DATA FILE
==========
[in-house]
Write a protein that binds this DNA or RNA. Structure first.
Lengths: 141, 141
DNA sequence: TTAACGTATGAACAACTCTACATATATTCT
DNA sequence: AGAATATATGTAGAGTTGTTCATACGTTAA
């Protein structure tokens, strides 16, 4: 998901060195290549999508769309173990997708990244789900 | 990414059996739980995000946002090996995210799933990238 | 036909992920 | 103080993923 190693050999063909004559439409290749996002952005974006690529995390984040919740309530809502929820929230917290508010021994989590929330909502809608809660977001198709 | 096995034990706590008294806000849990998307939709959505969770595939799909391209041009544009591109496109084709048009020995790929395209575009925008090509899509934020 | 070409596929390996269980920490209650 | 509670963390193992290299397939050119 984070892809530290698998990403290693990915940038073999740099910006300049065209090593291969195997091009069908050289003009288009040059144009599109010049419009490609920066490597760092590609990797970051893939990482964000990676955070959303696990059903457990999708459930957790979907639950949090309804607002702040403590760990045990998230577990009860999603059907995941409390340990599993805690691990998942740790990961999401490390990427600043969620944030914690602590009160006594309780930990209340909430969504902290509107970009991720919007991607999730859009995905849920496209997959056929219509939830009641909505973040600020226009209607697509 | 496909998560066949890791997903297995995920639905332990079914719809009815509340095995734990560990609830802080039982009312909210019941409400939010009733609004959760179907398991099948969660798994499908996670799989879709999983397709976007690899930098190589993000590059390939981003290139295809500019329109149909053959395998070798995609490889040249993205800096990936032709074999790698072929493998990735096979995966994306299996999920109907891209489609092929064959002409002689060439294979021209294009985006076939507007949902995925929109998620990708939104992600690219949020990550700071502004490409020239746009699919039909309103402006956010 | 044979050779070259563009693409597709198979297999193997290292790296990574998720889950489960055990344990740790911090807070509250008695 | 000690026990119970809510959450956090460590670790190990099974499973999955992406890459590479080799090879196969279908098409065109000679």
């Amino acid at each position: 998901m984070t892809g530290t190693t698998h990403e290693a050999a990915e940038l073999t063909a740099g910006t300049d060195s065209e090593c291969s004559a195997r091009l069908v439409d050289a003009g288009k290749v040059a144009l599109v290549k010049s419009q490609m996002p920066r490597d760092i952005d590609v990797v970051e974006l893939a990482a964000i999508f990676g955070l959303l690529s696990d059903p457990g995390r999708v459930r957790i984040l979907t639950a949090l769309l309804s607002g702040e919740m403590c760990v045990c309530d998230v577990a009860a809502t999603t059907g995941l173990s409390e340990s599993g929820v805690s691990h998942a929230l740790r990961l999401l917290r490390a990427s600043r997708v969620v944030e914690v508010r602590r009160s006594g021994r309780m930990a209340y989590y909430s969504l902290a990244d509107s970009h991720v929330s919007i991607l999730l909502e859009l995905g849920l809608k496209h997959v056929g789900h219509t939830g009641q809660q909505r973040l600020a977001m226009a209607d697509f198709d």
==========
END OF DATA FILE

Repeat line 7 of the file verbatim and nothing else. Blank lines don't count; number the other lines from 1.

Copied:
């Amino acid at each position: 998901m984070t892809g530290t190693t698998h990403e290693a050999a990915e940038l073999t063909a740099g910006t300049d060195s065209e090593c291969s004559a195997r091009l069908v439409d050289a003009g288009k290749v040059a144009l599109v290549k010049s419009q490609m996002p920066r490597d760092i952005d590609v990797v970051e974006l893939a990482a964000i999508f990676g955070l959303l690529s696990d059903p457990g995390r999708v459930r957790i984040l979907t639950a949090l769309l309804s607002g702040e919740m403590c760990v045990c309530d998230v577990a009860a809502t999603t059907g995941l173990s409390e340990s599993g929820v805690s691990h998942a929230l740790r990961l999401l917290r490390a990427s600043r997708v969620v944030e914690v508010r602590r009160s006594g021994r309780m930990a209340y989590y909430s969504l902290a990244d509107s970009h991720v929330s919007i991607l999730l909502e859009l995905g849920l809608k496209h997959v056929g789900h219509t939830g009641q809660q909505r973040l600020a977001m226009a209607d697509f198709d």